When it comes time to plant the Pea seeds they should be sown at a depth of 1 inch (2.5 cm). If you are planting them in a modular tray it is advisable to use seed raising mixture rather than garden soil. Place two seeds per cell to ensure that all the cells within the tray are occupied, once planted the seeds should take around 7 days to appear. In a warm controlled environment, Pea seedlings will grow relatively quickly usually requiring only 3 to 4 weeks before they reach a sufficiently large size that will allow them to be planted outside.

When planting them out in the garden the seedling should be spaced approximately 2 to 3 inches (5 to 7 cm) apart. As Peas grow on a vine it is necessary to erect a support structure. This is best put in place at the same time as the seeds are sown the main reason for this is that it will avoid the need to disturb the roots of the plants later.

As the Peas have tendrils that allow them to climb the structure it is best to use a support system such as a wire or plastic trellis as it provides many different points for the plant to cling to the support structure. However, despite the Peas capacity to cling to the structure with its tendrils, this is usually not sufficient to keep the plant upright. It necessary in most cases to tie the Peas to the structure, this is most easily done by wrapping a piece of string horizontally around the surface of the structure at different heights rather than tying the plants individually to the structure.

In terms of soil preparation the method we generally recommend using is the ‘No Dig’ method as it is easy and simple to implement. The method requires a layer of compost to be applied once a year, the best time is in Autumn. The reason for this is that the compost will suppress weeds for several months. When applying the layer it needs to be 2 to 4 inches thick to ensure that the light is excluded from the soil.

The primary benefit of using this method is that it reduces the volume of work required in the garden because the compost acts as a mulch suppressing weeds and retaining moisture. To read more about this method click here. Alternatively, watch the video below from Charles Dowding which explains how the method is applied.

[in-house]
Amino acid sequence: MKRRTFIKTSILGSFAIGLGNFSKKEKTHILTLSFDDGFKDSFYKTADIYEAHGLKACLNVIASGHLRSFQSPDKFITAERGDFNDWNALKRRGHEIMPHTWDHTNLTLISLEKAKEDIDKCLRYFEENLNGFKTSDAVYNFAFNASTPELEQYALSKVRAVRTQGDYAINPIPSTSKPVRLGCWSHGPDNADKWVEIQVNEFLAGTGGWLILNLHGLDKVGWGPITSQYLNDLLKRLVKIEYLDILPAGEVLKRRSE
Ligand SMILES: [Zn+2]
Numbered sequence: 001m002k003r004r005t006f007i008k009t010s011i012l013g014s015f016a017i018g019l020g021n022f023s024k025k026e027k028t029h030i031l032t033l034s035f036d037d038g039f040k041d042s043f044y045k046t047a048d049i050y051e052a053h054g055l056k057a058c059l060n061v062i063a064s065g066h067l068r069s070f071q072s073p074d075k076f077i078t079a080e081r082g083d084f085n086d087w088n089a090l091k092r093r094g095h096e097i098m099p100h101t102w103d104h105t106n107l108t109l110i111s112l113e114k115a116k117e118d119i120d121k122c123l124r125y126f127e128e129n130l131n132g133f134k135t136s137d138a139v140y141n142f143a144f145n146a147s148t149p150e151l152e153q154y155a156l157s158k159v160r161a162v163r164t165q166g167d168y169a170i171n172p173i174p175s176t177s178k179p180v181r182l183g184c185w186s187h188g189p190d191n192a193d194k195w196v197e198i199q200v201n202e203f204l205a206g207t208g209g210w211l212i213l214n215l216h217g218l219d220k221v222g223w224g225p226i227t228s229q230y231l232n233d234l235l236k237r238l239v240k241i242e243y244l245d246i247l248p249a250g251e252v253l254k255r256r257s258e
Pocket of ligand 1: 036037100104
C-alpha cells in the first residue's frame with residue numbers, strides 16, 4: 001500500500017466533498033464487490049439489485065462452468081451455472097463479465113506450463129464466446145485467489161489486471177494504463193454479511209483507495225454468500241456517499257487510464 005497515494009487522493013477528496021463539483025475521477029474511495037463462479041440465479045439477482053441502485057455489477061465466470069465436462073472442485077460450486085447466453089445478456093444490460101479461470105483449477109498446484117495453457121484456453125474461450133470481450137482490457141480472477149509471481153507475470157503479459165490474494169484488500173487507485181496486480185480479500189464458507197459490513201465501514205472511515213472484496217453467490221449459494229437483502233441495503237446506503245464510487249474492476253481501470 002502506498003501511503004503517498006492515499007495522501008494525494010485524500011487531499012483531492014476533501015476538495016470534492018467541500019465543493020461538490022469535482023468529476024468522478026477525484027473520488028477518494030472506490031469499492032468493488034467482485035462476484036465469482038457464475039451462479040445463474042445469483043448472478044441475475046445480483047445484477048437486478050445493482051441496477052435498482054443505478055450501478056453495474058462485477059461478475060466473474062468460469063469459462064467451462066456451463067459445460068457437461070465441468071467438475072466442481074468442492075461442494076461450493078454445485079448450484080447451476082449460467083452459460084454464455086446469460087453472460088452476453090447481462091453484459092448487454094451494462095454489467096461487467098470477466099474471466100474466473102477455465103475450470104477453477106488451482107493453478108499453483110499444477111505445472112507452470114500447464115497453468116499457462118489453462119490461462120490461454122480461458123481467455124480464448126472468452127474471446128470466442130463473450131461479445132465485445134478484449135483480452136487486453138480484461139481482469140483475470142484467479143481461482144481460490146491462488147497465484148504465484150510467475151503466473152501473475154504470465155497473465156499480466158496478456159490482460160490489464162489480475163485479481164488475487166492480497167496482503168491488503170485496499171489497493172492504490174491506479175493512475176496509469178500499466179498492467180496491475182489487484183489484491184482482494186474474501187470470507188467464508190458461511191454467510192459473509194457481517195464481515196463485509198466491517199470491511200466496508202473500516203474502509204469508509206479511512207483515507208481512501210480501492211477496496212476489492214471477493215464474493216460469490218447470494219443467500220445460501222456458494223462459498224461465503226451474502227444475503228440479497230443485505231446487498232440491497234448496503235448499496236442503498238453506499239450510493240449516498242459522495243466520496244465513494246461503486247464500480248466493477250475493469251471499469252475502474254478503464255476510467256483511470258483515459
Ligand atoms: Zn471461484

Harvesting Peas

Over time the plant will develop and the established vine will begin to produce flowers. These flowers will produce, initially flat pods, the pod will fatten overtime to the stage where they become slightly thicker than a pencil. This is usually the stage at which pods can start to be harvested however, it worth experimenting a little bit with a pod or two by opening up them to check the size. You will find that you quickly get a feel of pods that should be picked.

Once the Peas begin to crop it is important to pick them every couple of days as this will encourage the plant to continue to produce new flowers and then pods. Pea plants are quite vigorous and will continue to produce as long as the temperatures remain between 50°F to 85°F (10°C to 26°C). At a temperature below 50°F (10°C) the growth rate will slow to the point where the vine stops producing flowers. However, when the temperatures rise above 80°F the Pea plants will begin to die.

Collecting Pea Seeds

Once you have purchased Pea seeds and started to grow them in your garden it is easy to collect seeds year on year, which will ensure you never have to purchase the seeds again.

To collect seeds you simply need to let the plant flower and it will create pods. As the Peas swell and are ready to harvest save a few pods for seed. Allow the pods to dry out on a shelf somewhere before storing them in a paper envelope.

However, it is important to note that it is not actually necessary to remove the pods from the plant, they can simply be left on the plant and removed at the same time as the plant is removed at the end of the season.

Paul Smart